I’ve been thinking for awhile now about using my old iPhones in my IoT projects. They have touch displays, wifi, cameras, audio, accelerometers, and maybe GPS depending on how old they are. Plus they have almost no value once they get a few years old. The only real downside to using them is the fact that they’re a bit hard to program, but hey, that’s what I do for a living.
So this past weekend, I scrummaged through my old Apple parts boxes, and came up with (2) iPhone G, an iPhone GS, iPhone 4s, and iPhone 5.
Doing some research, I decided that the iPhone G is not really worth messing with for a couple reasons:
- The newest iOS support available is SDK4, so writing code to run on it wouldÂ be difficult, and could not support the advanced features released over the past five years or so.
- The iPhone G does not have a rear facing camera. One of the features I want to eventually support is using the camera for a room monitor. But since the phone will be mounted to a wall, the normal front facing camera will be pointed into the wall.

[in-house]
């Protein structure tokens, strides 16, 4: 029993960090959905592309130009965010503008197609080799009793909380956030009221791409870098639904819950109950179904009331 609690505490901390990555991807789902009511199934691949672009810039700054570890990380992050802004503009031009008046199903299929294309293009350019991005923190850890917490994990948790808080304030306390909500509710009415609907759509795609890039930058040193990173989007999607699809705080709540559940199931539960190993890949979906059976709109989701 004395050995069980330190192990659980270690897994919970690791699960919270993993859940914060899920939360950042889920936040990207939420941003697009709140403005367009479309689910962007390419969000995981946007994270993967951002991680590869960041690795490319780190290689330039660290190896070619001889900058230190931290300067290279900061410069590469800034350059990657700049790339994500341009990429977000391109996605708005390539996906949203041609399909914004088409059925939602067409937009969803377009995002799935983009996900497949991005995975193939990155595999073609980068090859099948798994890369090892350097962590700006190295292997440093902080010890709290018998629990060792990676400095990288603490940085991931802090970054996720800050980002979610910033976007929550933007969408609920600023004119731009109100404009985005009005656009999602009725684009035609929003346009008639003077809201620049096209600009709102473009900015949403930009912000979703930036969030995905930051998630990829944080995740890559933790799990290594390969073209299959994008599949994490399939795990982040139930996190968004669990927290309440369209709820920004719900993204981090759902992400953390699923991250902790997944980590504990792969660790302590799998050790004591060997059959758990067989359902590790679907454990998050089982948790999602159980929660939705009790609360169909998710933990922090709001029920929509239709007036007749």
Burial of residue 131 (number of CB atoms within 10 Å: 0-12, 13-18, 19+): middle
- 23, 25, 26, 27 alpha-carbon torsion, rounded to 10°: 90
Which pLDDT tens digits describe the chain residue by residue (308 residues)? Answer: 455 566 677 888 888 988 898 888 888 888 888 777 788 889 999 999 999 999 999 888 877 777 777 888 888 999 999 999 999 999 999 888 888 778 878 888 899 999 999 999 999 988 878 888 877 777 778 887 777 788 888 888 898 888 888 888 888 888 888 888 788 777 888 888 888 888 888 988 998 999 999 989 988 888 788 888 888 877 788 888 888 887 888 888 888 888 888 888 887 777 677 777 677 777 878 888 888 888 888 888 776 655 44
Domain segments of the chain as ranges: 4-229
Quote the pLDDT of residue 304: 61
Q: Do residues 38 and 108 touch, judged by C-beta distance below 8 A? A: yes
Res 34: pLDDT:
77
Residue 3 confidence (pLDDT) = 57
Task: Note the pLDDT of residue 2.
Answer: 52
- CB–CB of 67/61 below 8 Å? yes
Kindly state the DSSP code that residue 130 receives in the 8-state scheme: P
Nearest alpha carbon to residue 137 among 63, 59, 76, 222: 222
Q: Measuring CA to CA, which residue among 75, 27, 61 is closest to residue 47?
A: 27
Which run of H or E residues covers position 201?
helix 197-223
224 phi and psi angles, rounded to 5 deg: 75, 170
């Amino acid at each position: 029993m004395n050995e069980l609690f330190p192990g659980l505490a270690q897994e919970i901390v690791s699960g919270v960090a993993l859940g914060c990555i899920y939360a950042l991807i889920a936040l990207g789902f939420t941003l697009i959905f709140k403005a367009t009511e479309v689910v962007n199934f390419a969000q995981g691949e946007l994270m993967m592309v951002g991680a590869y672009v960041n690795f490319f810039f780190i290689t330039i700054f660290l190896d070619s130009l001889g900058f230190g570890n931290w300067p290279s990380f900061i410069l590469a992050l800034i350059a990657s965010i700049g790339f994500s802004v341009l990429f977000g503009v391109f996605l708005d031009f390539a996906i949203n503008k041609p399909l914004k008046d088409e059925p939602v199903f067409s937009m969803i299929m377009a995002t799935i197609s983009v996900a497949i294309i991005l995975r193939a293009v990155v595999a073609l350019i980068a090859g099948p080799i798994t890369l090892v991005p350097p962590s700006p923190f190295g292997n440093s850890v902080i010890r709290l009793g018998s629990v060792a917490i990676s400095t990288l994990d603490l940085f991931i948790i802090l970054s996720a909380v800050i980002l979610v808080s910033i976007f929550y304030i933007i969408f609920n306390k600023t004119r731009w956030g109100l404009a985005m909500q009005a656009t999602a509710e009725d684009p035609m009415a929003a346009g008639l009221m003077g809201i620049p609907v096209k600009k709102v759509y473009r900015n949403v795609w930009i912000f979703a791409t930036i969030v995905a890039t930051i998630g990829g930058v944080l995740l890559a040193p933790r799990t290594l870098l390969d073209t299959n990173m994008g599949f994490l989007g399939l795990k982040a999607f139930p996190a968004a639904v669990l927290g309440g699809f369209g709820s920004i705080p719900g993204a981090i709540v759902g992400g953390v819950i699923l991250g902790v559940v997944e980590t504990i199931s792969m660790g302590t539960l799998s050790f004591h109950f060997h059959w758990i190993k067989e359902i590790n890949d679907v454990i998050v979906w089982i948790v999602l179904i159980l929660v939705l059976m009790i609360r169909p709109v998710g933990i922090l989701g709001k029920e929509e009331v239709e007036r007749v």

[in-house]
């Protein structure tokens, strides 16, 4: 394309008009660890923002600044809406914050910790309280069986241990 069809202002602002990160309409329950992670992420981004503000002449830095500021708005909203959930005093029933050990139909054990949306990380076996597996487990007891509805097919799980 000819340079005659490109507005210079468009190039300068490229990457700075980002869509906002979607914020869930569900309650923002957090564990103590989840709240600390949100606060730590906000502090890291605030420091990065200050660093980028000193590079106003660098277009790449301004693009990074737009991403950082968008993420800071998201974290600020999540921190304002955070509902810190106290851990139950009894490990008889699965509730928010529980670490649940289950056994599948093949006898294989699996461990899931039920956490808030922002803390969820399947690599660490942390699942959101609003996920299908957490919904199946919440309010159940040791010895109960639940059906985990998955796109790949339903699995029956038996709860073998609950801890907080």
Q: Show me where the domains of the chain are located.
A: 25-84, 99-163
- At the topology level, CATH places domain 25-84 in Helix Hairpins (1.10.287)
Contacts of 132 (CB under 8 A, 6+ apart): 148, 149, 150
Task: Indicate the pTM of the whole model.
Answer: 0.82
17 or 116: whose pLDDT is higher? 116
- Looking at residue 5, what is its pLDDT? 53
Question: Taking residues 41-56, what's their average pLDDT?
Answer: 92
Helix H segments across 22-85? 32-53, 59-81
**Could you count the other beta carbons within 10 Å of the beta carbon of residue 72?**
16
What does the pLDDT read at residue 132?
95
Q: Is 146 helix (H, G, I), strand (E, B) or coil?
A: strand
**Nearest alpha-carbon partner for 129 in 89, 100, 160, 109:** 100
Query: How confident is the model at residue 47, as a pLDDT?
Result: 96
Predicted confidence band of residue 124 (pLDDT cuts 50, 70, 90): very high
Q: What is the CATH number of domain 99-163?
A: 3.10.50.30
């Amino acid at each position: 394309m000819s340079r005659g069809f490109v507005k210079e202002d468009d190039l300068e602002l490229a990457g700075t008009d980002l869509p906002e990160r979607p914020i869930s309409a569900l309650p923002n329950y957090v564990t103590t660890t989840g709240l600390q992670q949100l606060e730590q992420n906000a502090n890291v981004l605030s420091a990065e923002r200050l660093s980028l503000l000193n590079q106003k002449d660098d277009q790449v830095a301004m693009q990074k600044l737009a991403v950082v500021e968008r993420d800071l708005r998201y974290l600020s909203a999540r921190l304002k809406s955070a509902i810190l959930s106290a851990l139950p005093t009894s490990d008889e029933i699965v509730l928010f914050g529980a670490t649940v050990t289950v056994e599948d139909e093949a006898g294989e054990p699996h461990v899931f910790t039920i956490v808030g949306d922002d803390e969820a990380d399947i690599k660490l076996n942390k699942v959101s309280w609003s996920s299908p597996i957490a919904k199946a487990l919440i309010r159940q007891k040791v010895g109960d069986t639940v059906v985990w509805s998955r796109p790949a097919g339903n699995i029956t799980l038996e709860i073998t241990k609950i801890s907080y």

That said, the support for iPhone 3GS is not bad, but it is limited.
- iOS 6 is supported
- Xcode 7.3.1 is supported, currently the latest Xcode.
- Swift is NOT supported. Swift requires iOS 7.
So just for fun, I created a version of the control panel in Objective-C for iOS 6 to run on the iPhone 3GS. This app simply displays images in a collection view, and calls the Particle.io API when one is pressed. I probably won’t add much more to this app, but instead develop a Swift version for use on the newer phones. I’ll add new features to that version, and leave the Objective-C version for just simple control operations.
Update: I’ve now posted a cleaned-up version of the app code to Github, and and article on Hackster.io.